COAL POWER: China can meet its energy security and climate goals by capping its coal-fired power at 1,100 gigawatts (GW) – the current level – during the 14th five-year plan period which runs from 2021 to 2025, according to a study by Natural Resources Defense Council (NRDC) and the North China Electric Power University. This is because renewables growth, a more flexible grid and demand-side resources could work together to meet electricity demand growth, Alvin Lin, climate and energy director of NRDC’s China programme, told Carbon Brief. Lin said that coal-fired power plants could be “set aside in reserve”. Moreover, “coal power should be operated more flexibly so that it serves mainly to complement growing renewables, as part of the power system with new energy at its core”, he added.

ETS: The trading volume of China’s national emission trading scheme (ETS) has been “decreasing”, according to the Global Times. On Sunday, the outlet reported that the scheme’s “accumulative trading volume” of carbon quotas had totalled around 6.14m tonnes since its launch on 16 July. It said that the figure was “a stark contrast” to that of the launch day, which stood at 4.1m tonnes. “Industry insiders” told the publication that there was “a noticeable wait-and-see attitude in the market”.

Extra reading

New science

The increasing global environmental consequences of a weakening US-China crop trade relationship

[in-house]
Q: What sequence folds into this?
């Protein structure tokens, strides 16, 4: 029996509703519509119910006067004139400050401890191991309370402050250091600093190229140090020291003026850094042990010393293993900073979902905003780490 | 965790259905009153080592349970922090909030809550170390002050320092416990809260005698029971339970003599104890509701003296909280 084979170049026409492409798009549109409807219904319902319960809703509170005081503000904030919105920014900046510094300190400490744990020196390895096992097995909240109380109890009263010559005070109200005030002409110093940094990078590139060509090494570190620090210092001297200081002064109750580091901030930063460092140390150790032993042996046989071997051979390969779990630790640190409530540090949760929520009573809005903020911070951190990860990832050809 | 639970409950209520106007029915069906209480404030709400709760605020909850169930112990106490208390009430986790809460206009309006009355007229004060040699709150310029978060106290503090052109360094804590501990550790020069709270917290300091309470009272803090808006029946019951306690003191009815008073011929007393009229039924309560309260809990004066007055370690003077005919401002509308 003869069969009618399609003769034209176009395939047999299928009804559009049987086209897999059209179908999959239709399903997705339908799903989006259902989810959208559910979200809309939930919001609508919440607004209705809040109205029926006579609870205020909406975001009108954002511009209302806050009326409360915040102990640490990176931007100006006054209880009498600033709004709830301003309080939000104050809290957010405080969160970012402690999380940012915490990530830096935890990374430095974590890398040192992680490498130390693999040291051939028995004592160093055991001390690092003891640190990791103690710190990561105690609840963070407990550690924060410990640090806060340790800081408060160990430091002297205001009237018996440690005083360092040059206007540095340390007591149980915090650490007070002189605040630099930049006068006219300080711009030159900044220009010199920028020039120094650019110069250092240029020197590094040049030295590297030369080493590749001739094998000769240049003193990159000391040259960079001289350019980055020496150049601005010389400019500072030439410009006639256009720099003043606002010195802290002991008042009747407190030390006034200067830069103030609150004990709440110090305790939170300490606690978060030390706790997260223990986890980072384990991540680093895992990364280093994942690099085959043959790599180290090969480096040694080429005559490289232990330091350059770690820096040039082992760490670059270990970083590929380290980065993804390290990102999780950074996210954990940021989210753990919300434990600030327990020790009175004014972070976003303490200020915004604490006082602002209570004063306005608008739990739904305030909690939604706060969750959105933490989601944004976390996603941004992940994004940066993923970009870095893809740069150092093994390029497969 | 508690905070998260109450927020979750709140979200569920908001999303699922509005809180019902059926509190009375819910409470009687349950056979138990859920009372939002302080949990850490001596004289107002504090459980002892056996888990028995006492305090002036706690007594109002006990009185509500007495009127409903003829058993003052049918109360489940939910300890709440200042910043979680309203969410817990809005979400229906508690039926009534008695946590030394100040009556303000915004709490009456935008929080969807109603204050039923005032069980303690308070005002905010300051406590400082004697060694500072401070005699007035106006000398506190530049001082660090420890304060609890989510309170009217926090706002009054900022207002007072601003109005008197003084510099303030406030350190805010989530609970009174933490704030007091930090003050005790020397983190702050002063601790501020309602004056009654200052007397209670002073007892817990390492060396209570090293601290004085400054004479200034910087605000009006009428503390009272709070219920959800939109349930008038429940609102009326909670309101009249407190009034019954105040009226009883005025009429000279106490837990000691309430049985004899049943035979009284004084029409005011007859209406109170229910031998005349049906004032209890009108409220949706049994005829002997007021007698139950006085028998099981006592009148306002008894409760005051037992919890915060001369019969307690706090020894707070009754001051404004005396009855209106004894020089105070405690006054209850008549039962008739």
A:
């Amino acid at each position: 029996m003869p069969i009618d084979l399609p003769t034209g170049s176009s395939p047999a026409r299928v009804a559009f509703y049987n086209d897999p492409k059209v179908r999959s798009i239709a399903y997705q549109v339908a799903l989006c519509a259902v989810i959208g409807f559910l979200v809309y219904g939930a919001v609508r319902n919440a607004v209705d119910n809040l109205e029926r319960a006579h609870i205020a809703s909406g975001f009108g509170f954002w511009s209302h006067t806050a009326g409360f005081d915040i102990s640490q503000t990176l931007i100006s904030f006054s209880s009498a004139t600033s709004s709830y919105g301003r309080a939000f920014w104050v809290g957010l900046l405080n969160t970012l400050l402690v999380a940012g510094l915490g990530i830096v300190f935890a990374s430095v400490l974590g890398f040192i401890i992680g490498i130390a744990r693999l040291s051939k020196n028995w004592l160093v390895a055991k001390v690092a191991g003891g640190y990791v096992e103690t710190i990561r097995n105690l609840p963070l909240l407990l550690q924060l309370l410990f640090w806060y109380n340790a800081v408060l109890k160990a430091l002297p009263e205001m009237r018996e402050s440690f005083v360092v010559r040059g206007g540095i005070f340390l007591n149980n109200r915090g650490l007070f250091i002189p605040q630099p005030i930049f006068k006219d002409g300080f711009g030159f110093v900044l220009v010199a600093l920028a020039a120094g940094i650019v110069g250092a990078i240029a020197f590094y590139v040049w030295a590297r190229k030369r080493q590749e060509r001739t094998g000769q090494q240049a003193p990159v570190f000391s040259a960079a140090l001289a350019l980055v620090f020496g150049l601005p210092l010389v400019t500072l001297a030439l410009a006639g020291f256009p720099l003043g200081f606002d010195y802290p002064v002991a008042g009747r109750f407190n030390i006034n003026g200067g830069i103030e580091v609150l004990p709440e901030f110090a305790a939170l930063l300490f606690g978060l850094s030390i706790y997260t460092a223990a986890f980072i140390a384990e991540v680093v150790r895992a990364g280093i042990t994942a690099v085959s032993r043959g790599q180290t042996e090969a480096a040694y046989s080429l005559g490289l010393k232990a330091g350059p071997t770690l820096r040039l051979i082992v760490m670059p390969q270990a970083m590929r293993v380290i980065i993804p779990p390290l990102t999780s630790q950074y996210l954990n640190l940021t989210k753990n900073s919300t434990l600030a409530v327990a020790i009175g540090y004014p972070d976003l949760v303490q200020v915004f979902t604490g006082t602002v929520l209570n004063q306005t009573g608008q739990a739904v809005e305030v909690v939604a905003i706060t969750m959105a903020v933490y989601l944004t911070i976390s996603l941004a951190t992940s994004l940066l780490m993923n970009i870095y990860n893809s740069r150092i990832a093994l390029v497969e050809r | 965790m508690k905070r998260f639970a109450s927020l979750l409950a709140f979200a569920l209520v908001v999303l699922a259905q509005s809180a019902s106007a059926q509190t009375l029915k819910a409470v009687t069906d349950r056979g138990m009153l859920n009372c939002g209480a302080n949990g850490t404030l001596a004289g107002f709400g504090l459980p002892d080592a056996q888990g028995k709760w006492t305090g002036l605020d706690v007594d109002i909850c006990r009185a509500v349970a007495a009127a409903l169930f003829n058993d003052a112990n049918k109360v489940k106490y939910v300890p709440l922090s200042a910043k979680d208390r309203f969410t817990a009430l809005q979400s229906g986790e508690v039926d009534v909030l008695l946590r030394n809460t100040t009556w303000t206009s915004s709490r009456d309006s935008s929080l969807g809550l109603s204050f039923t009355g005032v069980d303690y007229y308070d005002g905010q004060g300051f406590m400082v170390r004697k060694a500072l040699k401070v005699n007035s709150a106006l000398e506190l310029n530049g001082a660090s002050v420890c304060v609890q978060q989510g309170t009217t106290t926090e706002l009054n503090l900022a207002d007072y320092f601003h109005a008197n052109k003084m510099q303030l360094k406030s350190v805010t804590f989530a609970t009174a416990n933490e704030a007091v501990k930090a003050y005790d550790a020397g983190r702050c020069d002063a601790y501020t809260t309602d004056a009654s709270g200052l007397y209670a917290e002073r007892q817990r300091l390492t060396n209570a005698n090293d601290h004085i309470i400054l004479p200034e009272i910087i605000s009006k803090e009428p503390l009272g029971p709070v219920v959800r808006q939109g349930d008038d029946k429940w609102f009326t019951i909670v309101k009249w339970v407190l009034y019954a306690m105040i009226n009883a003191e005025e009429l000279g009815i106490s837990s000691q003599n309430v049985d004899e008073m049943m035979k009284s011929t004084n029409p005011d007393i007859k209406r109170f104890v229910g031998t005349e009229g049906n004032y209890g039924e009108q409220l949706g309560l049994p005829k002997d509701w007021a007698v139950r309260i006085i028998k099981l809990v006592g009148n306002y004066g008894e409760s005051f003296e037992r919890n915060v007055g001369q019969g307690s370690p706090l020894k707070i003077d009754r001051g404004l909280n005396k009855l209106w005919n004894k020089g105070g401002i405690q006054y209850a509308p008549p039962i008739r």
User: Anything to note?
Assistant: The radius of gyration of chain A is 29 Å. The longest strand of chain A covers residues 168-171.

Nature Food

A new study has found that the US would face intensifying nitrogen and phosphorus pollution and increasing irrigation water usage in its agricultural production as a result of persistent US-China trade tension. The researchers said that the environmental impacts of the Beijing-Washington trade tensions affect not only the two countries, but also other nations and regions through international trade, adding additional pressure on those already stressed ecosystems. Dr Yao Guolin and Dr Zhang Xin, two of the paper’s authors from the University of Maryland Center for Environmental Science, told Carbon Brief: “Trade negotiations have often been focusing on its direct economic and political impacts, but it also has profound impacts on the environment for the two trade partners and the world, which will, in turn, have ineligible influence on their economic and social wellbeing.”

Population pattern and exposure under sea level rise: Low elevation coastal zone in the Yangtze River Delta, 1990–2100
Climate Risk Management

New research has assessed the possible population change in the low elevation coastal zone of eastern China’s Yangtze river delta during 1990 and 2100 and how sea level rise (SLR) would impact local residents. By employing a variety of datasets, the researchers found a trend of “remarkable population growth” in areas close to the coastline and lower altitudes from 1990 to 2015, and projected a rise followed by a fall in the population between 2020 and 2100. Different pathways showed that the exposed population to inundation would reach 86 million or 100 million by 2050 and then decrease to 55 million or 63 million by 2100. The paper wrote: “Long-term trend of population exposure to SLR will pose considerable challenges to regional development and planning. Different adaptation efforts should be taken in urban and rural settlements to avoid exacerbating impacts induced by SLR.”